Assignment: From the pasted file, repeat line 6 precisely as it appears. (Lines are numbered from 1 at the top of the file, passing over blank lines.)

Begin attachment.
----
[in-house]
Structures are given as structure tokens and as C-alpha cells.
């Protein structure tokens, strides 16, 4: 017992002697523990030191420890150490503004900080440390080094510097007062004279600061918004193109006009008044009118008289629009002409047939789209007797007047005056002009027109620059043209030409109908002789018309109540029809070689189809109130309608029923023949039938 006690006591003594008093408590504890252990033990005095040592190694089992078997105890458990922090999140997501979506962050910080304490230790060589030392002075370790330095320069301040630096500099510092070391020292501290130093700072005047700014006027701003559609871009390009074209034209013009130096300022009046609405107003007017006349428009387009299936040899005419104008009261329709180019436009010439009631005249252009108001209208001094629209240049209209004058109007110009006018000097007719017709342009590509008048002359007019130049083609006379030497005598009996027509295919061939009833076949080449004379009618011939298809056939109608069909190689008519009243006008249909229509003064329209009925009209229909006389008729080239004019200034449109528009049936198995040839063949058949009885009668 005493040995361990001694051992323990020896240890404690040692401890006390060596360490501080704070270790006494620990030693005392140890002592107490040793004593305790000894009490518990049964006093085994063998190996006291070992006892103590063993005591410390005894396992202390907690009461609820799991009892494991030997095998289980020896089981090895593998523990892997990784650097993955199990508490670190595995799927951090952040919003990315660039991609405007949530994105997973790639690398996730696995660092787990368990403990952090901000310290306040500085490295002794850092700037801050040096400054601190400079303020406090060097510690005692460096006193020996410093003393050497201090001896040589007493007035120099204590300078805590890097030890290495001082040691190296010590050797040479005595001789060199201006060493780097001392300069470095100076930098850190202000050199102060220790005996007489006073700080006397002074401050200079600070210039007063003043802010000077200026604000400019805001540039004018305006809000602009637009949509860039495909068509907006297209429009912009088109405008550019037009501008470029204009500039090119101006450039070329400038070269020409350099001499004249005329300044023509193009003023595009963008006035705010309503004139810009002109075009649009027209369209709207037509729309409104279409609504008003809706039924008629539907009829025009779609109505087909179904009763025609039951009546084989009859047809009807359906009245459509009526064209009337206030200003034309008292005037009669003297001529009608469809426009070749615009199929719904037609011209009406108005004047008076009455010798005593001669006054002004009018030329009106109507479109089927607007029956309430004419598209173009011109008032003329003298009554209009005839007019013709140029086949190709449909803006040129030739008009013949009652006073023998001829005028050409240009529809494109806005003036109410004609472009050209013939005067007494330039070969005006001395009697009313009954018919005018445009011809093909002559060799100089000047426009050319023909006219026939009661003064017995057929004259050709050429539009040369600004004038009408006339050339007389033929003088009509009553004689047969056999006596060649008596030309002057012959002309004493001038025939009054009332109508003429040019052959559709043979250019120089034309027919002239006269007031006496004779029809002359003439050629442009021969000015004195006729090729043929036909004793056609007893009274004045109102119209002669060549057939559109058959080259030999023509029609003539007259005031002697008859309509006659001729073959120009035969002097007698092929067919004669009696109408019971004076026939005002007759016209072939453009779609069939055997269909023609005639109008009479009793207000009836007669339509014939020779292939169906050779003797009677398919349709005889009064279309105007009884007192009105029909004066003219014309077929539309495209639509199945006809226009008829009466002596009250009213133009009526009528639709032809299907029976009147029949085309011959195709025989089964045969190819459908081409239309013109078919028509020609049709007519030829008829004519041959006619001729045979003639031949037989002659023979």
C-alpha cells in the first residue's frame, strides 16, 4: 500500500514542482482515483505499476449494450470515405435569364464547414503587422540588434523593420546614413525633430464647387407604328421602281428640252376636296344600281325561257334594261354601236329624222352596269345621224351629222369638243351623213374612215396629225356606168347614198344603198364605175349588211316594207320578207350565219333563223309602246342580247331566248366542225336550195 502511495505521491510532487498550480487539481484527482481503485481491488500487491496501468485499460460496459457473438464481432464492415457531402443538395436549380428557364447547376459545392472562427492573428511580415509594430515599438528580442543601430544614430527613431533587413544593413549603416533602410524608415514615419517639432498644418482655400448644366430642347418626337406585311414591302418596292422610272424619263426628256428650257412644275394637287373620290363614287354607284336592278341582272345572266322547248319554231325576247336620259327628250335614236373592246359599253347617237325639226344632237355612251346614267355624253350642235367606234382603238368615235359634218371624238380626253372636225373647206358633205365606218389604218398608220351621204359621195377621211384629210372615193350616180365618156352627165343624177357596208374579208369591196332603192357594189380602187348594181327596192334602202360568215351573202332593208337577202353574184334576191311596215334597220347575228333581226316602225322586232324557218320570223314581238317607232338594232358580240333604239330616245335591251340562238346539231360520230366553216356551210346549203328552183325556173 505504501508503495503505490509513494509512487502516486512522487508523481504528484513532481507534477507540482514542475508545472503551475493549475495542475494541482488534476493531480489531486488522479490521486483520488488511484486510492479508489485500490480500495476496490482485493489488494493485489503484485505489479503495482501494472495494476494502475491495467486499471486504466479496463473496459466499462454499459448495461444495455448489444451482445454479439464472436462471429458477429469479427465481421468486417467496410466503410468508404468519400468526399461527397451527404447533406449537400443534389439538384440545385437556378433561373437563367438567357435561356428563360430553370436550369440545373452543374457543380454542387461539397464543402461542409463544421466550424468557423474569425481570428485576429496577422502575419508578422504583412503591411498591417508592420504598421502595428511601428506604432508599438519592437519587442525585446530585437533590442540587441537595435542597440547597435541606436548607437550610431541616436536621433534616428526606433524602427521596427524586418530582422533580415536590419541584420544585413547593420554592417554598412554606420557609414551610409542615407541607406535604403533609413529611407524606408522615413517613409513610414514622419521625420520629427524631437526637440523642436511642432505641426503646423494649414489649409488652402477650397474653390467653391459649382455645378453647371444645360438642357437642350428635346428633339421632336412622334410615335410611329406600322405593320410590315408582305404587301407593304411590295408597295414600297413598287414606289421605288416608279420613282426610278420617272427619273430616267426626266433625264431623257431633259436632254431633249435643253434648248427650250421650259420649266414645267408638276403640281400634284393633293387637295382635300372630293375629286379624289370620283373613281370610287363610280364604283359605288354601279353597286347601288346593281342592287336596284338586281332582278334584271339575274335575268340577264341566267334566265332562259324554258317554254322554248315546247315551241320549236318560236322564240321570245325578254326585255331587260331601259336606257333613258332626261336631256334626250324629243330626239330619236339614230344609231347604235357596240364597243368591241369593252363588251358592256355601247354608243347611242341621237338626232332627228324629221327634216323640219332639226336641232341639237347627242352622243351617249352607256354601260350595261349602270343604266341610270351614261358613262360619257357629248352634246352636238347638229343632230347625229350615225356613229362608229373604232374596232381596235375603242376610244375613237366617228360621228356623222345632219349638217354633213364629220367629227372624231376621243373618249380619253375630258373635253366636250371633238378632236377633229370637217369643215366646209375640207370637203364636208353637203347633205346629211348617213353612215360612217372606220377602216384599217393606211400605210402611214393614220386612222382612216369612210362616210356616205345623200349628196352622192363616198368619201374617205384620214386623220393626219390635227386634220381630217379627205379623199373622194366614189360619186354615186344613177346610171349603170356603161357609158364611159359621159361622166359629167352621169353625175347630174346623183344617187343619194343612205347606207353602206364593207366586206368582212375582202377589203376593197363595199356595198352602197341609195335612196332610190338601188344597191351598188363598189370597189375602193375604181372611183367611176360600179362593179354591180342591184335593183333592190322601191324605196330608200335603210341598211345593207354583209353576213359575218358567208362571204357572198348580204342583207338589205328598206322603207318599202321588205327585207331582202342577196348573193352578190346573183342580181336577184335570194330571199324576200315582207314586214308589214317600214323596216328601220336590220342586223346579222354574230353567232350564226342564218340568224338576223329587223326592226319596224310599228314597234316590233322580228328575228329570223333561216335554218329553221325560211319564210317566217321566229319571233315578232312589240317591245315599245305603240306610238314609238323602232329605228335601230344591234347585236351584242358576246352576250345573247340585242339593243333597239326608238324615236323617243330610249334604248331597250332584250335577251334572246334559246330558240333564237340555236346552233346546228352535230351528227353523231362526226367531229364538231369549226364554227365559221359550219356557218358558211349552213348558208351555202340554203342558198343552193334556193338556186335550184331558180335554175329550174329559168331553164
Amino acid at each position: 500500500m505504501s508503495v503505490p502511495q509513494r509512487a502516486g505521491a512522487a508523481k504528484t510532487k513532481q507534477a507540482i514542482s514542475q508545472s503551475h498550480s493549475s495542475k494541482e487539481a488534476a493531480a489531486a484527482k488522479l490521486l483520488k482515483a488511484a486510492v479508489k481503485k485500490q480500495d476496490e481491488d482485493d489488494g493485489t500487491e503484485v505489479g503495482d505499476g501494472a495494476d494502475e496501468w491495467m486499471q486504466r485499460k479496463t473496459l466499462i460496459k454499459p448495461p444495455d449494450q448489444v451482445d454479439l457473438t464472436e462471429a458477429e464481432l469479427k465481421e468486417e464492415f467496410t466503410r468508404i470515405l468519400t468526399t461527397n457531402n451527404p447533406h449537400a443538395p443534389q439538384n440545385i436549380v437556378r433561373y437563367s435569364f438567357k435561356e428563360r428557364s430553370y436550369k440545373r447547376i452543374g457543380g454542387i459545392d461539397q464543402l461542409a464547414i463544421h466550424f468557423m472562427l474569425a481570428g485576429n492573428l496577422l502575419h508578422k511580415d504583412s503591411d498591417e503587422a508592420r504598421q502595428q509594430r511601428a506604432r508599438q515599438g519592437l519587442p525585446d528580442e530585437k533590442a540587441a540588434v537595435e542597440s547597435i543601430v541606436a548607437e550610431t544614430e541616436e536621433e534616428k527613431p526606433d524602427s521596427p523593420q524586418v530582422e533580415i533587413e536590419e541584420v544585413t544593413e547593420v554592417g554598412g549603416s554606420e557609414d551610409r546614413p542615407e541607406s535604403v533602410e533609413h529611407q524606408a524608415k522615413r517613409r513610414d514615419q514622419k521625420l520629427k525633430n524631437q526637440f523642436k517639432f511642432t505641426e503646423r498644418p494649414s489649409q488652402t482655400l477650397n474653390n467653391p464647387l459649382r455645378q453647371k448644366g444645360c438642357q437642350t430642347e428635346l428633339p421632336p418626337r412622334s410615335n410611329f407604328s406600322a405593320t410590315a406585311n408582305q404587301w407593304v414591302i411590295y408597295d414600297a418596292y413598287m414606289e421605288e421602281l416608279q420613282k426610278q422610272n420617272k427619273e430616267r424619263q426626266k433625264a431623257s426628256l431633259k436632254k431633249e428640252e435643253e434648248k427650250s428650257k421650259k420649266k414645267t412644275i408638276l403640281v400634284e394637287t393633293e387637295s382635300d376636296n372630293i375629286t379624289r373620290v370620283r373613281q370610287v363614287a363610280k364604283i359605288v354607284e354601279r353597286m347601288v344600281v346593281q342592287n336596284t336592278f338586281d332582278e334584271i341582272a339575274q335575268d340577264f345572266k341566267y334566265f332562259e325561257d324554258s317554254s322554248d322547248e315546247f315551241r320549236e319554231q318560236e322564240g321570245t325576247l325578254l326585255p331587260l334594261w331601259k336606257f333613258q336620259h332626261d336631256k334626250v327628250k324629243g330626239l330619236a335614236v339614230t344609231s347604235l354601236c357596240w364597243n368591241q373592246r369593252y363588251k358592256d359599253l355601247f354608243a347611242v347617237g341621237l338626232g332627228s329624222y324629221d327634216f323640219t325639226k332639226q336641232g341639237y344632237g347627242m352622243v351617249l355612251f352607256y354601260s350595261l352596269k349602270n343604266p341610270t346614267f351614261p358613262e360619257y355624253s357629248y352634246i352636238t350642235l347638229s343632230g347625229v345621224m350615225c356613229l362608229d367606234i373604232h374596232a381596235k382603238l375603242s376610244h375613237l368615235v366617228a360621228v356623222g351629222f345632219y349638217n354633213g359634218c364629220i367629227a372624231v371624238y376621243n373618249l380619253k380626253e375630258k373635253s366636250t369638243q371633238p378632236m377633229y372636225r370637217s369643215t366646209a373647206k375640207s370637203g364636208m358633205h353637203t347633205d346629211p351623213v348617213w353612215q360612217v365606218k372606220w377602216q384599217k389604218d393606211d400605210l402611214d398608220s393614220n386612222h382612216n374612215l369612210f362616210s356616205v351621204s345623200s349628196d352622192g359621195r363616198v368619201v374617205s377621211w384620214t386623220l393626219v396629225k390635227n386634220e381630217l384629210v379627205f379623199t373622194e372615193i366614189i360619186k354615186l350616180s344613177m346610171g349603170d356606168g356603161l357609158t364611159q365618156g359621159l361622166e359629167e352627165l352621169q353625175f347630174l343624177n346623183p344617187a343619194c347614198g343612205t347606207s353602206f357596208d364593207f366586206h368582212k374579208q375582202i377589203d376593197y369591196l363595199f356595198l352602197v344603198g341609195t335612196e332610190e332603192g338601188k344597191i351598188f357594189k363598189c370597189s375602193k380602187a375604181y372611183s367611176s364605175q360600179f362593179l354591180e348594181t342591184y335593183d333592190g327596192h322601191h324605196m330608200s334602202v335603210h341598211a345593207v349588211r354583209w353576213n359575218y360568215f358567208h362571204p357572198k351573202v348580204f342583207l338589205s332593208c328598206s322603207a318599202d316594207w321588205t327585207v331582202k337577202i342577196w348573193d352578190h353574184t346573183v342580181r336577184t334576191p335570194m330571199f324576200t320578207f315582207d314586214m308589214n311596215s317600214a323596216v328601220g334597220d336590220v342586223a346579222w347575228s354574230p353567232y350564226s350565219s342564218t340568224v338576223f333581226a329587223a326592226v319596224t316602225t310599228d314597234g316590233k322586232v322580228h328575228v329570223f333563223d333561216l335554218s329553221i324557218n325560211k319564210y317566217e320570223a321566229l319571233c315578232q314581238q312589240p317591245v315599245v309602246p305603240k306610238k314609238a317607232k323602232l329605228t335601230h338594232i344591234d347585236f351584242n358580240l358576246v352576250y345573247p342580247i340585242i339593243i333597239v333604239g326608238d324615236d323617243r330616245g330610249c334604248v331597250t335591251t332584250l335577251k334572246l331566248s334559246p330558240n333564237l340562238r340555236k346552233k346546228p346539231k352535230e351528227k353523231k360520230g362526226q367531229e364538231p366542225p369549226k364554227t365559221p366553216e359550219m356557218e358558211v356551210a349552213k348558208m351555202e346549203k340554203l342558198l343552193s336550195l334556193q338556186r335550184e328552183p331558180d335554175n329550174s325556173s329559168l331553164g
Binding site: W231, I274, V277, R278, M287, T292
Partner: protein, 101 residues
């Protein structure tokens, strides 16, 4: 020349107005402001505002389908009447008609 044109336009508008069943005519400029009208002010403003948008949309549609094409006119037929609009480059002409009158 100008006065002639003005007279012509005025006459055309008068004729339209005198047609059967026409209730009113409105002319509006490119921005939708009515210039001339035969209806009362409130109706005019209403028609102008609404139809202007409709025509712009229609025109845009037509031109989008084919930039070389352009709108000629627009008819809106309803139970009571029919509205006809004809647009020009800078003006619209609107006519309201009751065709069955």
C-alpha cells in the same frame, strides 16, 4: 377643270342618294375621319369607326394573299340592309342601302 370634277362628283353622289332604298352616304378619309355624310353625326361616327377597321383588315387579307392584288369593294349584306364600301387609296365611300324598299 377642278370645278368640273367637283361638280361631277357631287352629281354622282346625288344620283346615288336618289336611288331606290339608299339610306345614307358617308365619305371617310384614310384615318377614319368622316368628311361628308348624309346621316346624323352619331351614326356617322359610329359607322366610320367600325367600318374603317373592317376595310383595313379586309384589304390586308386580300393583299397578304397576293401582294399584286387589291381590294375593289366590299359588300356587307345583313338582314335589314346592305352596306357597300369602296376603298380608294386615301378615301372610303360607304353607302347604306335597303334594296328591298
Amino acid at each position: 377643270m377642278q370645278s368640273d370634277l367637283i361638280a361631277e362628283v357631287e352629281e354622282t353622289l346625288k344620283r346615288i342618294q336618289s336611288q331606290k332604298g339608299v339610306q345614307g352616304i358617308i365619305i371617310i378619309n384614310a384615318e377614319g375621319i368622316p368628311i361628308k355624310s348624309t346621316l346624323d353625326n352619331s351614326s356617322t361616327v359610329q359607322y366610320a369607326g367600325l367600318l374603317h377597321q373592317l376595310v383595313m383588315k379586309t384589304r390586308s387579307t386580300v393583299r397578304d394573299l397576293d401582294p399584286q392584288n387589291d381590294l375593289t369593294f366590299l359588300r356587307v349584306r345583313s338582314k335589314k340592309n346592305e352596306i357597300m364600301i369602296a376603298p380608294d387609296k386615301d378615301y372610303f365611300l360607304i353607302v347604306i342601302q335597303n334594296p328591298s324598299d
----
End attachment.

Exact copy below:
Binding site: W231, I274, V277, R278, M287, T292